What’s an AGM battery – and is it the same as VRLA?

Strident AGM battery GP12-42

All these different terms are so confusing…

An AGM battery is a sealed, valve-regulated lead acid battery. Sometimes you might also see it described as VRLA (valve regulated lead acid) or SVR (sealed valve-regulated).

Aren’t all acid batteries the same?

No.  A standard wet battery, such as a car battery, contains liquid electrolyte.  If the battery is tipped or punctured this can spill and cause corrosion.  Wet batteries can only be installed upright and there are limitations on how they can be transported.  For example they can’t be carried on aircraft without special containers. You can’t send them through the post and some parcel carriers won’t take them. In addition they can’t be used near sensitive electronic equipment or in a closed environment as they may give off harmful fumes. If continually over-discharged, or left in a discharged condition for any length of time, wet batteries lose capacity and become permanently damaged. A wet battery will also need ‘topping up’ from time to time.

So, what’s different about an AGM battery?

Firstly, an AGM battery is constructed in a different way to a wet battery, which makes it much more suitable for mobility use.  The electrolyte is absorbed in mats of fibreglass which separate the plates in the battery, and the battery is sealed using special pressure valves.  This makes the battery far more tolerant of vibration. Because the acid is absorbed there’s no risk of spillage, so the battery can be operated in virtually any position.  AGM batteries can also be safely transported by air. (Note – some airlines may have restrictions)

In addition, the chemical reaction inside the battery works slightly differently.  An AGM battery uses a ‘recombinant’ reaction.  The oxygen and hydrogen produced in the battery are recombined to form water, which is retained in the battery. So it never needs ‘topping up’, unlike a wet battery.  This is why a sealed  battery should never be opened, as additional oxygen from the air would disrupt the reaction – and the warranty would be void.

An AGM battery contains less electrolyte than a traditional battery. This is called ‘acid starved’ as opposed to ‘flooded’.  The advantage of this is that it protects the plates during deep discharges, when most of the battery capacity is used – which is what happens during typical mobility use.

Is an AGM battery the same as a gel battery, then?

Not quite.  Both are recombinant batteries, and both are sealed valve regulated (SVR) – a.k.a. valve regulated lead acid (VRLA).  In a gel battery the electrolyte has the consistency of Vaseline.  An AGM battery uses glass fibre mats like sponges to trap the electrolyte.  So both gel and AGM batteries are non-spillable and have the same advantages over traditional batteries. Because AGM and gel batteries are both acid-starved they’re particularly suitable for deep discharge applications.

How do I choose between AGM and gel?

Both have their advantages, and in fact if you Google ‘which is better for mobility gel or AGM?’ you’ll find opinion is split! Bear in mind that not all batteries are created equal.  Batteries made with cheaper quality materials won’t perform as well, whether they’re AGM or gel. Strident AGM batteries are manufactured to a superior specification and carry a full 15 months’ no-quibble warranty.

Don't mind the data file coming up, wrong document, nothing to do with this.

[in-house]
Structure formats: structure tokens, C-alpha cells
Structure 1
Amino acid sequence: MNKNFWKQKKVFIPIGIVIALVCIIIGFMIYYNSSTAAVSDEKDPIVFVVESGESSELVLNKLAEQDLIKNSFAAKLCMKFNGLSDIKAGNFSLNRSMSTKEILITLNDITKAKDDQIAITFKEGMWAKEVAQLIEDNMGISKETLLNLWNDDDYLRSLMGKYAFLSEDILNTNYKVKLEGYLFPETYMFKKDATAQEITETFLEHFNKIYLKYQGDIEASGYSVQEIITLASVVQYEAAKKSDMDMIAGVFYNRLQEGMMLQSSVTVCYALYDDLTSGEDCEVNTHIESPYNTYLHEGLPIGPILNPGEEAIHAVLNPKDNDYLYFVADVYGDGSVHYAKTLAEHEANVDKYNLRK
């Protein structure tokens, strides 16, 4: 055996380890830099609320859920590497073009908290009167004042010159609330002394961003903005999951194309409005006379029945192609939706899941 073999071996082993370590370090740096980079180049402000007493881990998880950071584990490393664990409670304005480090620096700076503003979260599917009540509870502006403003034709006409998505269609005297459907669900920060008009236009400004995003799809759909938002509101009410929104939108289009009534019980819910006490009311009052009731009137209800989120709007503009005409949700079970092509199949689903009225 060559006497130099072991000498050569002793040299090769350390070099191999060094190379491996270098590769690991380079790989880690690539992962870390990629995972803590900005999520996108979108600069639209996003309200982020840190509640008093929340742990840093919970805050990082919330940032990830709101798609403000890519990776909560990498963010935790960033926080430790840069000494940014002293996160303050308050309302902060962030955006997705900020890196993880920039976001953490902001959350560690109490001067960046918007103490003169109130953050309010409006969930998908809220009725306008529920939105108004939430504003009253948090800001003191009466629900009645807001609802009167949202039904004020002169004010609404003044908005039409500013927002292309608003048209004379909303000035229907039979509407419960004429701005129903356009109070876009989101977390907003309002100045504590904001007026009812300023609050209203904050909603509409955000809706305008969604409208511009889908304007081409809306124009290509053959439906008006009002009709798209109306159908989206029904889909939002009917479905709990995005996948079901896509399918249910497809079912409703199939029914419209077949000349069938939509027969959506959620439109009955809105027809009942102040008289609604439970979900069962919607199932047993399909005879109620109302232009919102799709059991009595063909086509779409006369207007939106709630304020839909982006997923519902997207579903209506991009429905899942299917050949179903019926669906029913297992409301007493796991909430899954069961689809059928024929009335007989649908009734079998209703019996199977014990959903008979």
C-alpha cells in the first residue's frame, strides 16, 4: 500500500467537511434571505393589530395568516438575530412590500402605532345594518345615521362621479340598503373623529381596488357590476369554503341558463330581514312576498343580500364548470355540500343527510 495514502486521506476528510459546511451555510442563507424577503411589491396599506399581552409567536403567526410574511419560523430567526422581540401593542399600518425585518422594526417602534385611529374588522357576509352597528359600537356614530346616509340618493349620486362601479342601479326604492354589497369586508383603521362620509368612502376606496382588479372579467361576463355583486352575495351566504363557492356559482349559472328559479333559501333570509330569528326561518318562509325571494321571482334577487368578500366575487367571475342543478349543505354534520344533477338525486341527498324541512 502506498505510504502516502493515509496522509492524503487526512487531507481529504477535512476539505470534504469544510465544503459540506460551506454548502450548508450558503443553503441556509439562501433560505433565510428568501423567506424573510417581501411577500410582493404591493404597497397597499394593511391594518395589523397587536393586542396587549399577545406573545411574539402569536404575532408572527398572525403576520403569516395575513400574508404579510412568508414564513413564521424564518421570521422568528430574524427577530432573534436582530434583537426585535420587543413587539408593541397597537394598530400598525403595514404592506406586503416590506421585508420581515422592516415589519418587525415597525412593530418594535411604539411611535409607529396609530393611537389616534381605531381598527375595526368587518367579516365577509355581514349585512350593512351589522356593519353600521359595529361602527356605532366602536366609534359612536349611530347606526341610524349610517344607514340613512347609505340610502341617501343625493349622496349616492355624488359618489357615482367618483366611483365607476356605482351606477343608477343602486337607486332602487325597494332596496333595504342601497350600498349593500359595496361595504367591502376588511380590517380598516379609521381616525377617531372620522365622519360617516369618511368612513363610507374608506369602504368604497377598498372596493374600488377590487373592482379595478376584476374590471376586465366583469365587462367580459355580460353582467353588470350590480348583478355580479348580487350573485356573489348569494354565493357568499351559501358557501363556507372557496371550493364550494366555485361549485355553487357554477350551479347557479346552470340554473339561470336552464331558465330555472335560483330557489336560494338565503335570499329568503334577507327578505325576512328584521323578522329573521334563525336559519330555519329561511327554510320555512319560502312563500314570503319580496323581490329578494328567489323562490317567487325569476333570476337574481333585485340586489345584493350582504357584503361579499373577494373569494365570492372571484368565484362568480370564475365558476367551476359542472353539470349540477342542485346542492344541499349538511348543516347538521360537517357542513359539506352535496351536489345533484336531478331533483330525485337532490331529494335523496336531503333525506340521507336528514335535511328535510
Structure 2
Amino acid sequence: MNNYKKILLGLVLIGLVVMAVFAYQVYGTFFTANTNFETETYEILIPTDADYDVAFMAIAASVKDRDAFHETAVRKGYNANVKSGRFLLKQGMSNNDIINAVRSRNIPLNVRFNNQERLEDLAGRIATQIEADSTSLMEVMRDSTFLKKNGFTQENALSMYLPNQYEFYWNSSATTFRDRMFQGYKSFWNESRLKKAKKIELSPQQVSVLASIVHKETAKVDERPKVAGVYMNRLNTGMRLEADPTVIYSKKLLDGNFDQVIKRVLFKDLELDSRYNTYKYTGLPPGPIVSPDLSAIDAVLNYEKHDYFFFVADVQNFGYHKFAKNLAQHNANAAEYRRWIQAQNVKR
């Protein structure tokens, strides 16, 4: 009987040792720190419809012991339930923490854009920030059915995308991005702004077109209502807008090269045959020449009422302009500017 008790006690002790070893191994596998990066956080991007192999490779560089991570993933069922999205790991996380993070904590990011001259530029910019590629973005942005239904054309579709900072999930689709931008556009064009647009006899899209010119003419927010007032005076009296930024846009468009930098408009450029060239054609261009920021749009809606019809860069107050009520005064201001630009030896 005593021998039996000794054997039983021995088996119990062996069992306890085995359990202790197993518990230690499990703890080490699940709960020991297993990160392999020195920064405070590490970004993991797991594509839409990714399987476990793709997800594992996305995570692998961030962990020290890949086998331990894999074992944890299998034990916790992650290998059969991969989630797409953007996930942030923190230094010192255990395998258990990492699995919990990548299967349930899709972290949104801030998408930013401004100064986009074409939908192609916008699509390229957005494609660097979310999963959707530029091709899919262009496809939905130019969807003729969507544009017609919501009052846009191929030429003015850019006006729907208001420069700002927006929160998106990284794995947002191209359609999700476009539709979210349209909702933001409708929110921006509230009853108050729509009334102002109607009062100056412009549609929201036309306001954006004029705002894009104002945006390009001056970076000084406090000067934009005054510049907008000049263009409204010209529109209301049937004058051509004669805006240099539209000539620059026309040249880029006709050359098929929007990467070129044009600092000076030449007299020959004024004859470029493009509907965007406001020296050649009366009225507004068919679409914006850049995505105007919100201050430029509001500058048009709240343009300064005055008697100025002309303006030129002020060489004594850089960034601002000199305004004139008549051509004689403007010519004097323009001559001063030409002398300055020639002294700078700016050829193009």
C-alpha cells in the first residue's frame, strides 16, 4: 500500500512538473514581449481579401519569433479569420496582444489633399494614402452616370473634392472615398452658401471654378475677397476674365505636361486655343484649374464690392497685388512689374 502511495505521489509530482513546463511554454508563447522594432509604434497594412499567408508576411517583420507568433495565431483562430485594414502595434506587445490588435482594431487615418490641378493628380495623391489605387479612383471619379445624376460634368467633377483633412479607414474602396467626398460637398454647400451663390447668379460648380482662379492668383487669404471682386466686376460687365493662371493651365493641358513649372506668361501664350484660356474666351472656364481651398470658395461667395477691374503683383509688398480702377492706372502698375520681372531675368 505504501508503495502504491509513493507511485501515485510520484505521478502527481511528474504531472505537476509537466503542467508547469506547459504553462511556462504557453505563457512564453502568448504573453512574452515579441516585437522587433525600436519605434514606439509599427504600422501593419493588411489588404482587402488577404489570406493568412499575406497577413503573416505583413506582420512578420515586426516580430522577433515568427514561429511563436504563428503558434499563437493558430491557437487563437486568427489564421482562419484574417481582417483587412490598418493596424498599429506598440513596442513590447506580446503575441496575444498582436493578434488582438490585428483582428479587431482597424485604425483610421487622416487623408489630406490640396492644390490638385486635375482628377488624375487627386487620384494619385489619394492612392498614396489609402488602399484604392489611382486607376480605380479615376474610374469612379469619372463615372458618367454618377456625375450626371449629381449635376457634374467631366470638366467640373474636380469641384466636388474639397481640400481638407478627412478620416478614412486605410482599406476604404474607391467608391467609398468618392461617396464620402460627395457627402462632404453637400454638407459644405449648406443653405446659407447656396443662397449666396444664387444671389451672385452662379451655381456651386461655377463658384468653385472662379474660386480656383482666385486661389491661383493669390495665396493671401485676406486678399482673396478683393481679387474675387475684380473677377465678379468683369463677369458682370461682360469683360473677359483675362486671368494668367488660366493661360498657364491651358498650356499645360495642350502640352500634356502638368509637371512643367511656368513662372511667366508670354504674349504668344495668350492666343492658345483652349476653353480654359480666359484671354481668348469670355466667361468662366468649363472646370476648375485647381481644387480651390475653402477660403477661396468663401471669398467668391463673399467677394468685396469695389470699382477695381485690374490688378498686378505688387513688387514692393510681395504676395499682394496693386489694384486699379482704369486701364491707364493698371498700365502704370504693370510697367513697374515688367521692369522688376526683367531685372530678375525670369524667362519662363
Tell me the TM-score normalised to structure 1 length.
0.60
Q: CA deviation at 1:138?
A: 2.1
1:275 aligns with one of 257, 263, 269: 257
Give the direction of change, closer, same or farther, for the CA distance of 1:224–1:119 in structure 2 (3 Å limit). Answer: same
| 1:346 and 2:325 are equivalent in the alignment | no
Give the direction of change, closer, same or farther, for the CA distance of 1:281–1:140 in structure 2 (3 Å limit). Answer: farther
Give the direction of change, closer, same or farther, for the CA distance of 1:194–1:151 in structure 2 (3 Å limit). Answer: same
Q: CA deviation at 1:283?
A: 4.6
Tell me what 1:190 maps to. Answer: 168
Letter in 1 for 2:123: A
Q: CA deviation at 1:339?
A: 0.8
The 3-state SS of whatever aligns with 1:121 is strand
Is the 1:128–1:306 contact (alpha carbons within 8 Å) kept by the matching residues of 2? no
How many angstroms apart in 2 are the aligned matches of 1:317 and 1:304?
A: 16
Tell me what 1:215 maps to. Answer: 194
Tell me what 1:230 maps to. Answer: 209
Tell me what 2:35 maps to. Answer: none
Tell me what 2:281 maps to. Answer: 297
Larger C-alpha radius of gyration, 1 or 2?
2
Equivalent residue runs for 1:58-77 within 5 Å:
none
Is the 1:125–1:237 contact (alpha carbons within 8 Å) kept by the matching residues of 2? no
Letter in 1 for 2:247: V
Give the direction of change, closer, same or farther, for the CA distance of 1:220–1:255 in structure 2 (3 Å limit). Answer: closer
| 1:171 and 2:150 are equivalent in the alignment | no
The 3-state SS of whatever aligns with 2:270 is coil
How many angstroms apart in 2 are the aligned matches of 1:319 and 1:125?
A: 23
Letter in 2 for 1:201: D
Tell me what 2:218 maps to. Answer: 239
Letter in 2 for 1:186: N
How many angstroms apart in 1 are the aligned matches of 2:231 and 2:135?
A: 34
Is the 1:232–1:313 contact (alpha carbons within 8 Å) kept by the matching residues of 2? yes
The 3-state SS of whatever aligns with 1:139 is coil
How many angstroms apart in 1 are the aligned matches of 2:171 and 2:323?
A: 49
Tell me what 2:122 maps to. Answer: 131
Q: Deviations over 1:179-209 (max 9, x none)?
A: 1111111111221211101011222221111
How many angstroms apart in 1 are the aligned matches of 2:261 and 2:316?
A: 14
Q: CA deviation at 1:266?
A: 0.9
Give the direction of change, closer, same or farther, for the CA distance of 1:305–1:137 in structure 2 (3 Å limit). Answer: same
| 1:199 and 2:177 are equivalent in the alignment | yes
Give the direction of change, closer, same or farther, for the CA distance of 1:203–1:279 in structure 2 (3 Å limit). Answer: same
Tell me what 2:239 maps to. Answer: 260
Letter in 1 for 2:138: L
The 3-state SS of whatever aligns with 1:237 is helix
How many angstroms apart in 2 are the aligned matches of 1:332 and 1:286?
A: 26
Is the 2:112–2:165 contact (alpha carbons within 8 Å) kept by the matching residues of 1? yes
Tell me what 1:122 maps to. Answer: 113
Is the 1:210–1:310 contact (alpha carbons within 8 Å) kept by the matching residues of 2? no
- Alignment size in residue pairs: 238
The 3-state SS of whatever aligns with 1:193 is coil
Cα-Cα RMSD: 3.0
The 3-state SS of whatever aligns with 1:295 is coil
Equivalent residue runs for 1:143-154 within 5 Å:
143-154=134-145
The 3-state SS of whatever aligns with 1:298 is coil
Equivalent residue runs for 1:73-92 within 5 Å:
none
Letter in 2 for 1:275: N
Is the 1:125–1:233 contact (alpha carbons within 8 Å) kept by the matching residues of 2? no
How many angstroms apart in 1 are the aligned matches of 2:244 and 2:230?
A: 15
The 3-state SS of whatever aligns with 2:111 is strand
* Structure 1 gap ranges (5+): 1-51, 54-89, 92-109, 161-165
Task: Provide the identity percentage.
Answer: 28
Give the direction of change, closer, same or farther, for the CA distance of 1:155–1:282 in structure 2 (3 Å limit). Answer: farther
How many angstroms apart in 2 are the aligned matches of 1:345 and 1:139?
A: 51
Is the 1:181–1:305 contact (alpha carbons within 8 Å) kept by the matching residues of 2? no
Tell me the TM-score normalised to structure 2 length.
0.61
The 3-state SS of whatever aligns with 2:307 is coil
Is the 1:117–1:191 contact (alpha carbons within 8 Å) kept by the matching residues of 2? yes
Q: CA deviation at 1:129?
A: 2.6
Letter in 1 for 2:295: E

Gel batteries are more acid-starved than AGM, so are better suited for super-deep discharge applications, for example bariatric powerchairs.  However, in colder environments the power in a gel battery will decline faster.  AGM batteries are better where you need high current and high power, particularly in very cold environments.  Conversely, gel batteries do better in higher operating temperatures.

AGM batteries have a higher power capacity than gel batteries of the same physical size.   Gel batteries generally cost more than AGM. Over against this, when cared for properly they can last longer. A lot depends on how the batteries are used and charged, and gel batteries are more prone to premature failure if they aren’t charged optimally.  For the average user top-quality AGM batteries, such as Strident, are a good all-rounder.

Gel batteries can be replaced by AGM, but if you’re currently using AGM batteries they can’t be replaced by gel.

Does it matter which charger I use?

Certainly!  Both types of battery need to be charged with the correct charger, and this is particularly critical for gel batteries.  Undercharging or overcharging will reduce a battery’s capacity and shorten its life.  Overcharging is particularly harmful as it dries out the electrolyte.  The quickest way to ruin your batteries is to use a car or motorcycle battery charger!

We always recommend battery chargers that use Intelligent Charge Technology to get the best performance and longest life from your batteries. This 3 stage charging process ensures your batteries are charged as quickly as possible then safely maintained at the correct level of charge until you need to use them.  Check out our range here.





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